Thursday, June 14, 2012

Data Rate Shenanigans?

It's being reported that the U.S. Department of Justice (DOJ) is investigating allegations that some multichannel video programming distributors  (MVPDs - cable MSOs and DBS systems - who are also broadband data suppliers are discriminating against online video providers.
  The allegations are that the MVPDs are using data caps, data plan pricing, and artificially slowing data streaming rates that put online video providers - particularly movie and TV program HD streaming services like Netflix and Hulu+ at a competitive disadvantage.  Since these services can be considered substitutes for TV networks and pay channels that are the MVPDs primary business, any such actions may be considered to be anticompetitive and violations of antitrust law.  Justice is also said to be looking at the ownership relationship of some networks with some MVPDs and concerns that they might also lead to anticompetitive behaviors with respect to both data services, and other networks.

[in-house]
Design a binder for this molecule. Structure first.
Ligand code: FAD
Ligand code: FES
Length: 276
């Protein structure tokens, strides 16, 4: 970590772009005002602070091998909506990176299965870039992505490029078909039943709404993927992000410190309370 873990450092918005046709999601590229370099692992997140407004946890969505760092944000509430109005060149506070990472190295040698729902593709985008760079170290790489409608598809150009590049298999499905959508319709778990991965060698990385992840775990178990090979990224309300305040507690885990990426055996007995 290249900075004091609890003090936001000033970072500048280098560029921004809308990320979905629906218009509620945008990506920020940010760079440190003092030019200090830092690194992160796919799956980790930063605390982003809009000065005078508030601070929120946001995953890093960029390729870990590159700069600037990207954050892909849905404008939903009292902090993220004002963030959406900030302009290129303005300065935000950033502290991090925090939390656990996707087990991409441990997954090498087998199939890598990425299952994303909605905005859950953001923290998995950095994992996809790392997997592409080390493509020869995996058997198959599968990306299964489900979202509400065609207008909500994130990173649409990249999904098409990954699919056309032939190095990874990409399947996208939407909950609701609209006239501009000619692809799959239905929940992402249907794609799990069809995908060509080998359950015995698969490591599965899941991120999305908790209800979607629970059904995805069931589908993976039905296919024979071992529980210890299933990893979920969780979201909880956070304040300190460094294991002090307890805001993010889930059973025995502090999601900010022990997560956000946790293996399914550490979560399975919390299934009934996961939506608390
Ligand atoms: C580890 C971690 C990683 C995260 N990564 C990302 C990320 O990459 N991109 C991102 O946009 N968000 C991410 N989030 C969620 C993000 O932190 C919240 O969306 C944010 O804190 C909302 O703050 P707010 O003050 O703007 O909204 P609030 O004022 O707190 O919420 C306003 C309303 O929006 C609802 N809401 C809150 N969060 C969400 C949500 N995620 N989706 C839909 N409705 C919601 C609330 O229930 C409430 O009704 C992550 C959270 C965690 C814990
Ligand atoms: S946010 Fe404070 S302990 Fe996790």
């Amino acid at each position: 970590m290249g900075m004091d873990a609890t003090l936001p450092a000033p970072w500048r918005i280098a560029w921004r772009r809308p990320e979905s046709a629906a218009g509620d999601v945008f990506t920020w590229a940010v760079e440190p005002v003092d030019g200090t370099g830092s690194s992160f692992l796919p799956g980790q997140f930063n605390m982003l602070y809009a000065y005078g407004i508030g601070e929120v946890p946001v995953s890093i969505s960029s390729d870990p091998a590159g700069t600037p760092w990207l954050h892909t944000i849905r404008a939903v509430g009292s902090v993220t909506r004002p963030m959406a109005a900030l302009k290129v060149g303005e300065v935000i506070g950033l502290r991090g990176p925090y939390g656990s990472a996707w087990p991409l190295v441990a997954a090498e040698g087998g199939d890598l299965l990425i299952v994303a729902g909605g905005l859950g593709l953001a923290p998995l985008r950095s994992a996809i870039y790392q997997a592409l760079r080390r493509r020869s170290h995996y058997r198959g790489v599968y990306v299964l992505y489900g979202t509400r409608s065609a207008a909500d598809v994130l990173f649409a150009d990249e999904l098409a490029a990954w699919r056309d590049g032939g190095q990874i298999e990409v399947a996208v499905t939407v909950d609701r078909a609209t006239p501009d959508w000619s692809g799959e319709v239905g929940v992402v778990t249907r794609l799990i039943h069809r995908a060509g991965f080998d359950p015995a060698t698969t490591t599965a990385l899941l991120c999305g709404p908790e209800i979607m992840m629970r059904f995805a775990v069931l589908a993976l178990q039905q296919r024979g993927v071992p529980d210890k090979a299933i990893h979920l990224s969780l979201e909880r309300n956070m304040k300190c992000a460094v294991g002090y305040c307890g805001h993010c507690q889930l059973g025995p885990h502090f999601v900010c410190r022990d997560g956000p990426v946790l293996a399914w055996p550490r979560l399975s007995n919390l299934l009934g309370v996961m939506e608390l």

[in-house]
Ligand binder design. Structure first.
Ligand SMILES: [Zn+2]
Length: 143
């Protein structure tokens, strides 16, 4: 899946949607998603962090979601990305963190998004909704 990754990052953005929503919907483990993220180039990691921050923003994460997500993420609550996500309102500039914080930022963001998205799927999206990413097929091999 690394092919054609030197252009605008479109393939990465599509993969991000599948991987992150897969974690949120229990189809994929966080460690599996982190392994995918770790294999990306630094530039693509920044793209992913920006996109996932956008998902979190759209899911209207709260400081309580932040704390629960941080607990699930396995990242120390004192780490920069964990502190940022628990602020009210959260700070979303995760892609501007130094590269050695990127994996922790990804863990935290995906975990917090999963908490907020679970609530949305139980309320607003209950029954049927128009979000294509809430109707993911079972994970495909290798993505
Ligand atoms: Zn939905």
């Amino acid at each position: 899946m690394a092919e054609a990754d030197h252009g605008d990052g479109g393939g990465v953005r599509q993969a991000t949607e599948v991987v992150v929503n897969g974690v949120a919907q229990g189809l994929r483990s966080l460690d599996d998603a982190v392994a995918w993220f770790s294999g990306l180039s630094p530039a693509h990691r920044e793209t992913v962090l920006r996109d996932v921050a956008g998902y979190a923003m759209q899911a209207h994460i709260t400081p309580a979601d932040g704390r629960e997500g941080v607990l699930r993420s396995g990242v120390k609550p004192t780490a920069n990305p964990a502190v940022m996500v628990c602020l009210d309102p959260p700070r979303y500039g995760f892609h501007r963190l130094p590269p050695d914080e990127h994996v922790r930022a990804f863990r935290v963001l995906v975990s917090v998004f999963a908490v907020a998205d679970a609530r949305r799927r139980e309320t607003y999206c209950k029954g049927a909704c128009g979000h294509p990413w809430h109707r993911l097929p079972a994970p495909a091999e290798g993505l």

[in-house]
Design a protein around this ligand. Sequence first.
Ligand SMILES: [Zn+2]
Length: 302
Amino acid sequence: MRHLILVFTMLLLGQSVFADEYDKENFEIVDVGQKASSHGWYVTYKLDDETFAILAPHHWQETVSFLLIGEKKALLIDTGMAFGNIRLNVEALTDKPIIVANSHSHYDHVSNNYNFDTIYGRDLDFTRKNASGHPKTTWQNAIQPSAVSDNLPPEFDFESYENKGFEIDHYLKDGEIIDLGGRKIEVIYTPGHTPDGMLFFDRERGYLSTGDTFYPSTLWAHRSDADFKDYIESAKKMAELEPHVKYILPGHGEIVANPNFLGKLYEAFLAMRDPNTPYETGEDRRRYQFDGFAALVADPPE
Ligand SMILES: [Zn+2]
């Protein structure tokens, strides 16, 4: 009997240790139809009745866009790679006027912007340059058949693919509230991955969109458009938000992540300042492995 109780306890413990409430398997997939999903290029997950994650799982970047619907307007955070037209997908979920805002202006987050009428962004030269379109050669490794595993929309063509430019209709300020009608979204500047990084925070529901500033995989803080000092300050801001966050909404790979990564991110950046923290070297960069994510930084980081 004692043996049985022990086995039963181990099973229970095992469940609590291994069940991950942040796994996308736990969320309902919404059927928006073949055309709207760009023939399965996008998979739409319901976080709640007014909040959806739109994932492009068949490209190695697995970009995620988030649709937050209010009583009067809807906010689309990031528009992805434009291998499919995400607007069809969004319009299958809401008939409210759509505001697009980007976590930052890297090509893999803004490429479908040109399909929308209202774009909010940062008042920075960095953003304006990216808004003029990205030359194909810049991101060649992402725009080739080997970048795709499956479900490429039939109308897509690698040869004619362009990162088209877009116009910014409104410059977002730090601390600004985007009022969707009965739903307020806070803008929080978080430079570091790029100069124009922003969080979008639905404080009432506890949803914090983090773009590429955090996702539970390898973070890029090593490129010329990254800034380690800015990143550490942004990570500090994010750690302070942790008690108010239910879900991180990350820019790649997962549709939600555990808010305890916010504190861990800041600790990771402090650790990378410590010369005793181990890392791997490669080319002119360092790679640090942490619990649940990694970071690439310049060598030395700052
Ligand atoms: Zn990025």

These actions follow on FCC concerns that MVPDs and other broadband data service operators are violating new Network Neutrality rules limiting practices that arguably discriminate among data sources and services.  Comcast, in particular, has put a cap on customers ability to download content through their broadband service, and has allegedly engaged in slowing data speeds to high-demand customers.  Two other recent Comcast moves have also caused some concerns - their decision that Video On Demand streaming through their newly-launched Streampix service would not count against the cap, while video streamed from competitors would, and Comcast's decision to deny customers the opportunity to get Netflix bundled with other OTT services.  Other major MSOs, like Charter, have been more open to integrating OTT video streamers Netflix, Hulu, and Amazon in their TV Everywhere service portals.

Comcast's attitude, while understandable from a short-term business perspective (sheltering it's start-up from competition and limiting broadband use to delay network upgrades) - but it does appear to be clearly anticompetitive and violations of the FCC's network neutrality rules.  I'd also suggest that it's not good long-term business strategy in a world where there are strongly competitive alternatives.  Comcast's moves would seem to make their service less valuable to customers who increasingly have alternatives for Comcast's MVPD and broadband services - their behavior here will push heavy video and data consumers to shift to some of those competitors.

Sources - Feds launch antitrust investigation into online video competitionFierceOnlineVideo
Netflix CEO: Comcast flouts 'net neutrality' principlesFierceCable

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